TruTails Kitten/Cat Care Information


Provide A "Safe Haven" ~ Your new kitten may be frightened, insecure, and confused about leaving its mother and siblings for a new home and new friends. To minimize the stress and to help your new kitten/cat acclimate to its new home, we suggest you put him/her in a quiet room without other pets with their food & water, litter box. (If you have other pets your bedroom may not be the best choice, your other pets may feel excluded.) Let your kitten explore this room completely so it can ascertain that there are no dangers and it can start to relax.

Open the door to this room when you feel the kitten is ready to leave of its own volition and start to explore the rest of your home. The kitten can always run back to its new safe haven if something alarms him or her. It is best to give your other pets some time to get used to the idea of a new cat in the house.

Scents/Odors ~ cats have a very powerful sense of smell. One of the things I do with all kitten/cats before they go to their new homes is give them a bath - this helps eliminate the scents of all the cats at our house. It would be helpful for you to rub a towel on your other pets and bring it along inside the carrier for your new kitten. That way (s)he can both add the scents of your other pets onto their fur as well as get used to the smells of your pets in advance of meeting them. When you get home, use the towel from the carrier that your kitten has been on and bring it out so that your other pets can get an advance preview "smell" to help them recognize the new kitten. Another tip - put a small drop of perfume on the shoulder blades of all of your pets; this is one area in which the pets cannot lick or groom so they will all have a common scent on them. Just remember they have very sensitive noses; so don't overdo it.

Take it slowly ~I know you will want your new baby to become a part of your family as soon as possible, but it is important for the kitten to rebuild their confidence as well as to give your other pets time to get to know the newcomer. Frequently, it is the older pets that have a hard time adjusting to the "intruder" and the kitten will romp around the house, oblivious to the older cats distress. Remember, give your other pets lots of attention and soon they should be accepting of each other if not best buddies.

If you have an older cat that is just NOT accepting the "intruder" another option to help the newcomer get to know your other cat(s). Put the kitten in a carrier (make sure it is secure) and put him/her in the middle of the living room. The other cats can see, hear and smell the kitten without the kitten wandering too. Later - alternate this system if you only have one cat and let the kitten wander around so the other cat can see him but not be able to feel too threatened. Then put the kitten in its "safe haven" and start again.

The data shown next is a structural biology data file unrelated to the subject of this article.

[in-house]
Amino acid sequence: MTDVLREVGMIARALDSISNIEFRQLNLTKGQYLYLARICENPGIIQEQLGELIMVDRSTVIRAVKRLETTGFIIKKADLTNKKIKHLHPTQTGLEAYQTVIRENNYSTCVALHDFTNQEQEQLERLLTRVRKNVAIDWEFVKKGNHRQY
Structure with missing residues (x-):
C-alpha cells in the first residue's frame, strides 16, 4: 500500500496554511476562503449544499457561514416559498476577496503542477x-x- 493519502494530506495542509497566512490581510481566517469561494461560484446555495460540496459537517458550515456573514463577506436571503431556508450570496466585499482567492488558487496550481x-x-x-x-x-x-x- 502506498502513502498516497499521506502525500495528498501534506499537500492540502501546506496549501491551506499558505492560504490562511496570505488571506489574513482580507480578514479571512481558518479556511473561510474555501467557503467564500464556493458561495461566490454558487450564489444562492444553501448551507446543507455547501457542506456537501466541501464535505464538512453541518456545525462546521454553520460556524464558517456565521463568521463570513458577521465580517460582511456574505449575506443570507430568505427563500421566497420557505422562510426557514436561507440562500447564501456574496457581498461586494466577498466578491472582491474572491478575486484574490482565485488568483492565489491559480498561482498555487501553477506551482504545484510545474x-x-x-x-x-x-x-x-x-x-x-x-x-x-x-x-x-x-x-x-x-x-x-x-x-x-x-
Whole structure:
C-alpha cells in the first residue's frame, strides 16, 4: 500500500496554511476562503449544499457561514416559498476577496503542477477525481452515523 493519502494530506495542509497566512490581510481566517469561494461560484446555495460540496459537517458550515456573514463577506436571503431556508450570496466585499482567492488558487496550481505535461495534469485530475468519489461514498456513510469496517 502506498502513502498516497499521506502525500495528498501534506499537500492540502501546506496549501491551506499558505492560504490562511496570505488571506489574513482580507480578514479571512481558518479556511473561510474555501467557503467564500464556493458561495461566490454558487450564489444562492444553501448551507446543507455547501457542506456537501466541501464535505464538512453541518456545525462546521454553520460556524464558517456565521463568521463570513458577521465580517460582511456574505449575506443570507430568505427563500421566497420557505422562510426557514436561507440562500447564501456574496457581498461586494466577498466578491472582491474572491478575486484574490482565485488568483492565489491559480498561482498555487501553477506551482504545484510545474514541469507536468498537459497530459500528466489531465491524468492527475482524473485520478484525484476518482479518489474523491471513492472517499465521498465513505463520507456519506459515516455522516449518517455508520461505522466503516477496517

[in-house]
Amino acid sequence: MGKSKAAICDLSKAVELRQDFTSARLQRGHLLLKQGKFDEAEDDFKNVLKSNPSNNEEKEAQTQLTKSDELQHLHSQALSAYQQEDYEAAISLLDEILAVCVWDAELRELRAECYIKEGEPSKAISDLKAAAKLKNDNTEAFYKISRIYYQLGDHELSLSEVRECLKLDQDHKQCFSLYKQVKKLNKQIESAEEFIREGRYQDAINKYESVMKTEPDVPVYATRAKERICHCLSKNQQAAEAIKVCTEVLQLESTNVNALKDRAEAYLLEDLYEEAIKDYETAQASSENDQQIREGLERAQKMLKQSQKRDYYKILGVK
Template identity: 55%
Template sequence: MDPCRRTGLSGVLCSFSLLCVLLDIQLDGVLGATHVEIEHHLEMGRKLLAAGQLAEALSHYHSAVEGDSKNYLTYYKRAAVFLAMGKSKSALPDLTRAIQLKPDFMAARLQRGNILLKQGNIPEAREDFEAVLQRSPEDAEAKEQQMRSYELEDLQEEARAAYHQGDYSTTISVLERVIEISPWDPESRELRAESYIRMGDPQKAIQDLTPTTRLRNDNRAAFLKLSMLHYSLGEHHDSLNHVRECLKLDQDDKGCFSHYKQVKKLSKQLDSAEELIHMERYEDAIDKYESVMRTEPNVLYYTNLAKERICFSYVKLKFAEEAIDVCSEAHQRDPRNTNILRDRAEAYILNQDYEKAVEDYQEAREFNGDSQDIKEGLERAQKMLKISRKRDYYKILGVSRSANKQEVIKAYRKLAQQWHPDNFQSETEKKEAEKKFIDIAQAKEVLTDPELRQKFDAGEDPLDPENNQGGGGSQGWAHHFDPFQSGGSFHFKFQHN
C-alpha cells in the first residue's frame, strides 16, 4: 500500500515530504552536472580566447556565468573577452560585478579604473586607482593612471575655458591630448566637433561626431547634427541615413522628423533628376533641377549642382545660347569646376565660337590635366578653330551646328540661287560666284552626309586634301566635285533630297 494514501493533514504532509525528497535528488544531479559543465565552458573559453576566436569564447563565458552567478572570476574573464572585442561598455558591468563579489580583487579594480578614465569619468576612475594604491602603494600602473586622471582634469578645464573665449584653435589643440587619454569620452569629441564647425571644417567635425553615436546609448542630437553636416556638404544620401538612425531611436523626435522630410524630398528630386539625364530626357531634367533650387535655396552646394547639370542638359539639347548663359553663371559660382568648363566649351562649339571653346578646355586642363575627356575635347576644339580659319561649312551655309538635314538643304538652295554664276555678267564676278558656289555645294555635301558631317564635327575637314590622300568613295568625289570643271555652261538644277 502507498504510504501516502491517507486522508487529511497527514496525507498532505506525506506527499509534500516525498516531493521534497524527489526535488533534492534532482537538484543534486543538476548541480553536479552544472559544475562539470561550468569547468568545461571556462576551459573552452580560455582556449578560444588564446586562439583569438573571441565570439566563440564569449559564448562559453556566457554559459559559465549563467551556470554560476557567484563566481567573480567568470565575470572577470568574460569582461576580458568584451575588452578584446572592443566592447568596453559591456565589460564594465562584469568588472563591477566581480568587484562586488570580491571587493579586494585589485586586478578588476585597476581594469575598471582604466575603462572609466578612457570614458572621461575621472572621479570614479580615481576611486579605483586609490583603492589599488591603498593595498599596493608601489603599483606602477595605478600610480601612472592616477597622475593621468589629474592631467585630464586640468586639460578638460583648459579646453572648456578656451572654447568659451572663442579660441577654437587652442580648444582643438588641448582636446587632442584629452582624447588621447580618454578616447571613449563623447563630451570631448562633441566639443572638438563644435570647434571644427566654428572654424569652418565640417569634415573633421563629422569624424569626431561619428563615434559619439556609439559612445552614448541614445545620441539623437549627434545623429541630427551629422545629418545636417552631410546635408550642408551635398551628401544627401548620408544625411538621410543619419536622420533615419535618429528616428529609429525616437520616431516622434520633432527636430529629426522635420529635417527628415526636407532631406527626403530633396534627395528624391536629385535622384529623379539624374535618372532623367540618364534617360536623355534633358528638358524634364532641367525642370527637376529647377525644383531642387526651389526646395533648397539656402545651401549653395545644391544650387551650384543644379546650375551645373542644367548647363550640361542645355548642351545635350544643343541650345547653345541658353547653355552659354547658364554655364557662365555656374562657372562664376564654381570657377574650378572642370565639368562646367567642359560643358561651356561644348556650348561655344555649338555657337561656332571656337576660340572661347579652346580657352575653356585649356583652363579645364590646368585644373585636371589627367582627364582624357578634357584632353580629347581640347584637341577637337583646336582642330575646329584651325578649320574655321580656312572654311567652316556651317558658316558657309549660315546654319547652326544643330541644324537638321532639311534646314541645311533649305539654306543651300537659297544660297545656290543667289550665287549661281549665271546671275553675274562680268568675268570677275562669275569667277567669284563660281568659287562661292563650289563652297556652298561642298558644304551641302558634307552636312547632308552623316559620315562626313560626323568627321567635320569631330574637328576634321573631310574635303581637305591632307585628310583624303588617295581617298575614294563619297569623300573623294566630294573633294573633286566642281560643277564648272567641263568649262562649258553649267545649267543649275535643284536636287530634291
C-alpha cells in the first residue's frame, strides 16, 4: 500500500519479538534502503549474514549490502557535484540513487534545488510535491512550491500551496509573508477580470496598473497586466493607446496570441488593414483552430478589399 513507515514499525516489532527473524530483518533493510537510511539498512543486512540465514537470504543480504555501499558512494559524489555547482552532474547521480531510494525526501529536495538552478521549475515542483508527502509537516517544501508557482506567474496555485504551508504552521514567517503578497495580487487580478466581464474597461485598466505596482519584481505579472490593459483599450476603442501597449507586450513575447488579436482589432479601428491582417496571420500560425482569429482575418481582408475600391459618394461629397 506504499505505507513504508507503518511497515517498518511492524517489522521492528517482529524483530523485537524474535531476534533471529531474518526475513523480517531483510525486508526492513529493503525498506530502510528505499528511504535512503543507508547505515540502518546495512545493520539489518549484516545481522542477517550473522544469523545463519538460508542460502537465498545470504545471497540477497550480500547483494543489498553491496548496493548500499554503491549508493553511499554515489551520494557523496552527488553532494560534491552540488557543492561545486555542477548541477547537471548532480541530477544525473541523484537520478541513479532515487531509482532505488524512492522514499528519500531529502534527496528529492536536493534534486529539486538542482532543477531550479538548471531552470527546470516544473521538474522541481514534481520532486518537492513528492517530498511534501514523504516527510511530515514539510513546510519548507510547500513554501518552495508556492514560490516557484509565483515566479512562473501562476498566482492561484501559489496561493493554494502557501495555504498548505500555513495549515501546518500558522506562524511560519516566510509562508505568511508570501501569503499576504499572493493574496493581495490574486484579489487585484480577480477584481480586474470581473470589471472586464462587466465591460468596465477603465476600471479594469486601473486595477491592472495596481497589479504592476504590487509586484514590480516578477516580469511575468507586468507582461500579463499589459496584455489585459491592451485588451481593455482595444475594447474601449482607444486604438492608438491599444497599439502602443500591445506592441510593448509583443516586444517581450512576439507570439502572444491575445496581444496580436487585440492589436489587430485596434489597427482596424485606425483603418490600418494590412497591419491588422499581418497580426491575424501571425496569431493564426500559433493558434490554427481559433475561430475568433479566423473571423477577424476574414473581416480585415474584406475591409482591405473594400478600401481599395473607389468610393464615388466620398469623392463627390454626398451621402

Dry food
~ We feed and recommend: EaglePac Holistic, Royal Canin (Growth, Maine Coon & Special), Sensible Choice, Neutro Max, we also mix in a little "dental diet" either Science Diet TD, Eukanuba or Friskies. While at our house your kitten has received a mixture of these foods to help them become accustomed to several different tastes and kibble shapes. We recommend "free feeding" kittens, but remember dry food will get stale if left out too long. We recommend putting out just slightly more than the kitten/cat will eat in a day. You should always keep your dry food stored in airtight containers.

Canned food ~ We like to offer a small amount of canned once or twice a day. We feed Neutro Max kitten, Neutro Gormet Classics, and Friskies Prime Fillet. Canned food should be served at room temperature. If the food has been refrigerated you may microwave food for a few seconds, stir and serve the food a few minutes later to prevent it being too warm in spots. Do not leave canned food out for more than 30 minutes. If you decide to offer canned twice a day, serve a half-day's portion morning and evening. I start by serving a tablespoon or two and increasing the amount as needed or as desired.

Hairballs ~ There are several hairball cat food formulas on the market that have extra fiber to help in ridding cats of hairballs. You can also add extra fiber to their canned food (pumpkin or baby food sweet-potatoes are a good source of fiber that most cats like). Or you can offer a product like Petromalt which is a brown sticky paste. Recommended dosage is once a week, approximately one inch given orally. Many cats will lick it directly from the tube. A dry hacking, gagging cough is usually a hairball. If your cat is coughing, give him/her Petromalt daily until the hairball is expelled.

Water ~ Unlike some breeds, Maine Coons love water!... it should be available at all times. Provide FRESH water at least once EVERY day. Oxyfresh makes a great mouthwash for cats that you can add to their water to help keep their gums healthy.